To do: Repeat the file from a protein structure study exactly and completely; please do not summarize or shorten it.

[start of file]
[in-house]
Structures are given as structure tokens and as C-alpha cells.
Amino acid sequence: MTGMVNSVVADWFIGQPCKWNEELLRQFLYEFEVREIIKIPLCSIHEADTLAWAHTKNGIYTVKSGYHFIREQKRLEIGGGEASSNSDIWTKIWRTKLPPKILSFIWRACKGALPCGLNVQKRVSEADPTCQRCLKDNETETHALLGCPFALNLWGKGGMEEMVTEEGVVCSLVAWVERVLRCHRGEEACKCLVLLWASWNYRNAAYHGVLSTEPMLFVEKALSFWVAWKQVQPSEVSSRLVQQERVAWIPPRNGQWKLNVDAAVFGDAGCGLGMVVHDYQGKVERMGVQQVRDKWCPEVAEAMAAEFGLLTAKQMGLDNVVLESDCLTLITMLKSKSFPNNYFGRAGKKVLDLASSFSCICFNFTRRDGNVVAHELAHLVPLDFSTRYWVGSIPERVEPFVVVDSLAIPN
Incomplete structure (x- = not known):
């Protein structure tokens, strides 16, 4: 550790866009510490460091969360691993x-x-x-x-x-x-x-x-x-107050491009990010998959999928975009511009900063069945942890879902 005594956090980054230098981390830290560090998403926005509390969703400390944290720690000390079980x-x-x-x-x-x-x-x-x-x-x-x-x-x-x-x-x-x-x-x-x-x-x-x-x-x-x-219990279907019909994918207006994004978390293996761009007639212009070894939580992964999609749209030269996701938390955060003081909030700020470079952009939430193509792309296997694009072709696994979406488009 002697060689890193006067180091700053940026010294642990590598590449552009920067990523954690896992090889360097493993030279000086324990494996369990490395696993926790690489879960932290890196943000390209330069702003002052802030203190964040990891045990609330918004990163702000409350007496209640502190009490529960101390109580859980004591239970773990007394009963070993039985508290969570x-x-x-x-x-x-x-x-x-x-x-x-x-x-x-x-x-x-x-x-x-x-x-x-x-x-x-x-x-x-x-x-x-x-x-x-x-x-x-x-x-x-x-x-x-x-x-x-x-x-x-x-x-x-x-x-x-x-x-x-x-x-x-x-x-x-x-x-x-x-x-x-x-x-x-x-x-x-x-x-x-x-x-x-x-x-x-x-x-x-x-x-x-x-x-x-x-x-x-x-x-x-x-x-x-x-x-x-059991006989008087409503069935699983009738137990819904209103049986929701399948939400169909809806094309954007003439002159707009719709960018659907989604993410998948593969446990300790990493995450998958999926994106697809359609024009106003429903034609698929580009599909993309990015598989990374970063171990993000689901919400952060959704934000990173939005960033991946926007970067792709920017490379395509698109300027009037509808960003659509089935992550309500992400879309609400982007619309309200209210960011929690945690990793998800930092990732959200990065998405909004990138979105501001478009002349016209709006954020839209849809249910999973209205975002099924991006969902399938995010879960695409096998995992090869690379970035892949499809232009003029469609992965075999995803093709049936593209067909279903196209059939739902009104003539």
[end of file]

[in-house]
Structures are given as structure tokens and as C-alpha cells.
Amino acid sequence: MTGMVNSVVADWFIGQPCKWNEELLRQFLYEFEVREIIKIPLCSIHEADTLAWAHTKNGIYTVKSGYHFIREQKRLEIGGGEASSNSDIWTKIWRTKLPPKILSFIWRACKGALPCGLNVQKRVSEADPTCQRCLKDNETETHALLGCPFALNLWGKGGMEEMVTEEGVVCSLVAWVERVLRCHRGEEACKCLVLLWASWNYRNAAYHGVLSTEPMLFVEKALSFWVAWKQVQPSEVSSRLVQQERVAWIPPRNGQWKLNVDAAVFGDAGCGLGMVVHDYQGKVERMGVQQVRDKWCPEVAEAMAAEFGLLTAKQMGLDNVVLESDCLTLITMLKSKSFPNNYFGRAGKKVLDLASSFSCICFNFTRRDGNVVAHELAHLVPLDFSTRYWVGSIPERVEPFVVVDSLAIPN
Incomplete structure (x- = not known):
């Protein structure tokens, strides 16, 4: 550790866009510490460091969360691993x-x-x-x-x-x-x-x-x-107050491009990010998959999928975009511009900063069945942890879902 005594956090980054230098981390830290560090998403926005509390969703400390944290720690000390079980x-x-x-x-x-x-x-x-x-x-x-x-x-x-x-x-x-x-x-x-x-x-x-x-x-x-x-219990279907019909994918207006994004978390293996761009007639212009070894939580992964999609749209030269996701938390955060003081909030700020470079952009939430193509792309296997694009072709696994979406488009 002697060689890193006067180091700053940026010294642990590598590449552009920067990523954690896992090889360097493993030279000086324990494996369990490395696993926790690489879960932290890196943000390209330069702003002052802030203190964040990891045990609330918004990163702000409350007496209640502190009490529960101390109580859980004591239970773990007394009963070993039985508290969570x-x-x-x-x-x-x-x-x-x-x-x-x-x-x-x-x-x-x-x-x-x-x-x-x-x-x-x-x-x-x-x-x-x-x-x-x-x-x-x-x-x-x-x-x-x-x-x-x-x-x-x-x-x-x-x-x-x-x-x-x-x-x-x-x-x-x-x-x-x-x-x-x-x-x-x-x-x-x-x-x-x-x-x-x-x-x-x-x-x-x-x-x-x-x-x-x-x-x-x-x-x-x-x-x-x-x-x-059991006989008087409503069935699983009738137990819904209103049986929701399948939400169909809806094309954007003439002159707009719709960018659907989604993410998948593969446990300790990493995450998958999926994106697809359609024009106003429903034609698929580009599909993309990015598989990374970063171990993000689901919400952060959704934000990173939005960033991946926007970067792709920017490379395509698109300027009037509808960003659509089935992550309500992400879309609400982007619309309200209210960011929690945690990793998800930092990732959200990065998405909004990138979105501001478009002349016209709006954020839209849809249910999973209205975002099924991006969902399938995010879960695409096998995992090869690379970035892949499809232009003029469609992965075999995803093709049936593209067909279903196209059939739902009104003539």